The Bulls had no guard options to replace Augustin, even if Tom Thibodeau wanted to. And the potential replacements for Snell included a second-round pick (Erik Murphy) and two D-League call-ups (Jarvis Varnado and Tornike Shengelia). It all goes to show just how much of a magician Thibodeau is as a head coach.

Or maybe hypnotist is more like it.

Thibodeau, with some help from Mr. Non-Stop himself, Joakim Noah, has this group convinced it should be able to consistently compete with teams like Miami, even if LeBron James had played. And normally, this Bulls group does just that, regardless of who plays.

Want in on some of Thibodeau's tactics? Just listen to his postgame comments Sunday.

"We have to be tougher," he said. "When things aren't going well, you can't allow [missed shots] take away from the intensity. They let it carry over to the other end. You can't do that. Not against a team like this.

Tougher? Is it really that simple, or is that a mind game? He does realize who he's playing for 30-plus minutes a game, right?

Whatever it is, it has been worthy of Coach of the Year honors every year he has been in that seat for Chicago. He has won one, and it'll be difficult to get that award away from Jeff Hornacek this season, but honestly Thibodeau has a great case every season.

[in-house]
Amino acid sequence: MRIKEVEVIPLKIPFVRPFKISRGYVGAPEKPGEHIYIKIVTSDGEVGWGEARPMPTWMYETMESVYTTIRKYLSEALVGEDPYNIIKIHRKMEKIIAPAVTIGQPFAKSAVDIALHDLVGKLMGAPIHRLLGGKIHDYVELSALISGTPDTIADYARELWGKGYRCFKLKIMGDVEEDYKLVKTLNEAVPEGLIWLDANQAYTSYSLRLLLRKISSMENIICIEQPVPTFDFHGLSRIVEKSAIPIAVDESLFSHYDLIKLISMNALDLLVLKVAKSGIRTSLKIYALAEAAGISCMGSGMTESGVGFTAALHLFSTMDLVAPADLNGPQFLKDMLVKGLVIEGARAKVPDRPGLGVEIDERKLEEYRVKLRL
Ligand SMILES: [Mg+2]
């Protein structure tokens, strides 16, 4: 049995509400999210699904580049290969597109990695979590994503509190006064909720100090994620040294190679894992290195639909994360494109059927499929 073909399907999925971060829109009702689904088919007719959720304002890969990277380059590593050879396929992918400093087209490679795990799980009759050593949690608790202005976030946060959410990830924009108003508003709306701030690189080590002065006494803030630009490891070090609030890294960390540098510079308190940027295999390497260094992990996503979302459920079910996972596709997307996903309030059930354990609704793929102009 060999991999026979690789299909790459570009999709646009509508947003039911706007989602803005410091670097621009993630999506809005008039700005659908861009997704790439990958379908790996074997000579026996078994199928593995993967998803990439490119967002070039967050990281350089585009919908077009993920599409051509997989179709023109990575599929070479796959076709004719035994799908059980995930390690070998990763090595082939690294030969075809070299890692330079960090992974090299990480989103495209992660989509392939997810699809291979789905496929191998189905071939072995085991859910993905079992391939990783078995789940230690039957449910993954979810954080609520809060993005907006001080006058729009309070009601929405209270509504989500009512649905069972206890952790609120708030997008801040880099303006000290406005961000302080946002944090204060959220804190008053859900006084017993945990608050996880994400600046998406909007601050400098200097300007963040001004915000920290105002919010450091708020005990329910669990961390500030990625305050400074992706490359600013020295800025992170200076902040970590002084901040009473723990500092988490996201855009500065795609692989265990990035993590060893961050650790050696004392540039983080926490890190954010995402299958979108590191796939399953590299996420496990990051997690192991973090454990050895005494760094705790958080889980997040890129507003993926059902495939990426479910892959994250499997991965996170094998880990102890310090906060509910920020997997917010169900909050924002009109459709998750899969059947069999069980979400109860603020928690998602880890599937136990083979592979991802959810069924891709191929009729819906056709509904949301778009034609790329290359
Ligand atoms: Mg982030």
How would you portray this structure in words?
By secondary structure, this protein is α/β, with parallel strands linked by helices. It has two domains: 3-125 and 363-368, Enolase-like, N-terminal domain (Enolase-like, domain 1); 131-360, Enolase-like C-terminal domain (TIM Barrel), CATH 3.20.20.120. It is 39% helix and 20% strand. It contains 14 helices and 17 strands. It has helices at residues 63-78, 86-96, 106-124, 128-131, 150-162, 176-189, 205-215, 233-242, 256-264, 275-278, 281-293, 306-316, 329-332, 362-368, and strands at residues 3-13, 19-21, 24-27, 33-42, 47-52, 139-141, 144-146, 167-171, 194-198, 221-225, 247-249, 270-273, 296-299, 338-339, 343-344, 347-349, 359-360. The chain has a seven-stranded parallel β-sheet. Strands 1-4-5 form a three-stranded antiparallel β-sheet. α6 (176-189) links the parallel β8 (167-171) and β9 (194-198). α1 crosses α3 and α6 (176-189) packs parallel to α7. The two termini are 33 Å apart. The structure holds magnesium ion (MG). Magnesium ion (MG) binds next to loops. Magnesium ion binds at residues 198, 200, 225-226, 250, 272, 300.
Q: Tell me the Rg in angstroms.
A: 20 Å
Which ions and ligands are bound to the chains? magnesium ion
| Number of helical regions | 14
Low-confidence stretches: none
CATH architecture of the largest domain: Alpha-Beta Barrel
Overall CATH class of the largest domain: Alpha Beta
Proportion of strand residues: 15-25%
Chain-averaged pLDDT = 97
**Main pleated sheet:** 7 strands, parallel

Because even with those performances from Augustin and Snell, the Heat couldn't start to pull away from the Bulls until late in the third quarter.

Not that Spoelstra isn't worthy of his own praise. Sunday's win was the 300th of his career in just his sixth season, and it's his innovative basketball mind and his insistence that players constantly "reinvent themselves" that has the Heat players continually challenging themselves.

But Thibodeau is on another planet with his infectious intensity. So much so that a simple laugh, which he let out during a pregame interview with ABC, sent shockwaves through Twitter and spawned several GIFs of the rare vision.

So maybe it wasn't as entertaining as a battle of LeBron vs. Rose would've been.

But Sunday's Bulls-Heat matchup did find a different way to leave you shaking your head.